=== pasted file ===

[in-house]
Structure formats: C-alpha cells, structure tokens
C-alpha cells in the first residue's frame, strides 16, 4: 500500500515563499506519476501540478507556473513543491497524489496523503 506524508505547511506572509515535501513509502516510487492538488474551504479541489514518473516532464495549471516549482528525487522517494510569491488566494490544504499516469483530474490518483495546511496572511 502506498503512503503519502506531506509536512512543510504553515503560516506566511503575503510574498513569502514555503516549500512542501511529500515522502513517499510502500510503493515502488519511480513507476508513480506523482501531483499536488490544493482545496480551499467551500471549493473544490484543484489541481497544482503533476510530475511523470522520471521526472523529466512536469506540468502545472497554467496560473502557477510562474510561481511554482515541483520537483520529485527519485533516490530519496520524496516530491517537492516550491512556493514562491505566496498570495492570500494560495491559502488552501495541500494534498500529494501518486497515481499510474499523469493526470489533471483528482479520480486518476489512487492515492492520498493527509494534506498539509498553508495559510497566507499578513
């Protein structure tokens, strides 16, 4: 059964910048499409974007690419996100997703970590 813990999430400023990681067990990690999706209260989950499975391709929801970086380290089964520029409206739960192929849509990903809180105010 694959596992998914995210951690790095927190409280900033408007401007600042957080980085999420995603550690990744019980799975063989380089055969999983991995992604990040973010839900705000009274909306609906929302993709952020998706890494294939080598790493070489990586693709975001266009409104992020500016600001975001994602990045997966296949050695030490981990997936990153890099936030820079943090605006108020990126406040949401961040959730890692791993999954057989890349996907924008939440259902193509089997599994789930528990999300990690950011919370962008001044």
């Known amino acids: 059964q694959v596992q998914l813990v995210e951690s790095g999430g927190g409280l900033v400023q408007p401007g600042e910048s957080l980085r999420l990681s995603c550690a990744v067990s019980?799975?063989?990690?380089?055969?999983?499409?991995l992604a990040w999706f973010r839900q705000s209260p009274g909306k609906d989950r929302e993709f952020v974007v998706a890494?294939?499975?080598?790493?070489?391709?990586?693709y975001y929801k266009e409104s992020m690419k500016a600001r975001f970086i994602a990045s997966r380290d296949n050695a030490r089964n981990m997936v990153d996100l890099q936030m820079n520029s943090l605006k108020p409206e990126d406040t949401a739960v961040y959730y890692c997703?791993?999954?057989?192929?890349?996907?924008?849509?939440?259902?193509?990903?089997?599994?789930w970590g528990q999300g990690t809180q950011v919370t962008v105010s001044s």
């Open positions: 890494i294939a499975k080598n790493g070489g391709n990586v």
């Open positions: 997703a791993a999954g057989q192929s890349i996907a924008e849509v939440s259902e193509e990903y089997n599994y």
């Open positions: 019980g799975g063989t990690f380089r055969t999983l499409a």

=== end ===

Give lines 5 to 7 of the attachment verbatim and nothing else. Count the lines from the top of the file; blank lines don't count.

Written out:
């Known amino acids: 059964q694959v596992q998914l813990v995210e951690s790095g999430g927190g409280l900033v400023q408007p401007g600042e910048s957080l980085r999420l990681s995603c550690a990744v067990s019980?799975?063989?990690?380089?055969?999983?499409?991995l992604a990040w999706f973010r839900q705000s209260p009274g909306k609906d989950r929302e993709f952020v974007v998706a890494?294939?499975?080598?790493?070489?391709?990586?693709y975001y929801k266009e409104s992020m690419k500016a600001r975001f970086i994602a990045s997966r380290d296949n050695a030490r089964n981990m997936v990153d996100l890099q936030m820079n520029s943090l605006k108020p409206e990126d406040t949401a739960v961040y959730y890692c997703?791993?999954?057989?192929?890349?996907?924008?849509?939440?259902?193509?990903?089997?599994?789930w970590g528990q999300g990690t809180q950011v919370t962008v105010s001044s």
């Open positions: 890494i294939a499975k080598n790493g070489g391709n990586v």
């Open positions: 997703a791993a999954g057989q192929s890349i996907a924008e849509v939440s259902e193509e990903y089997n599994y």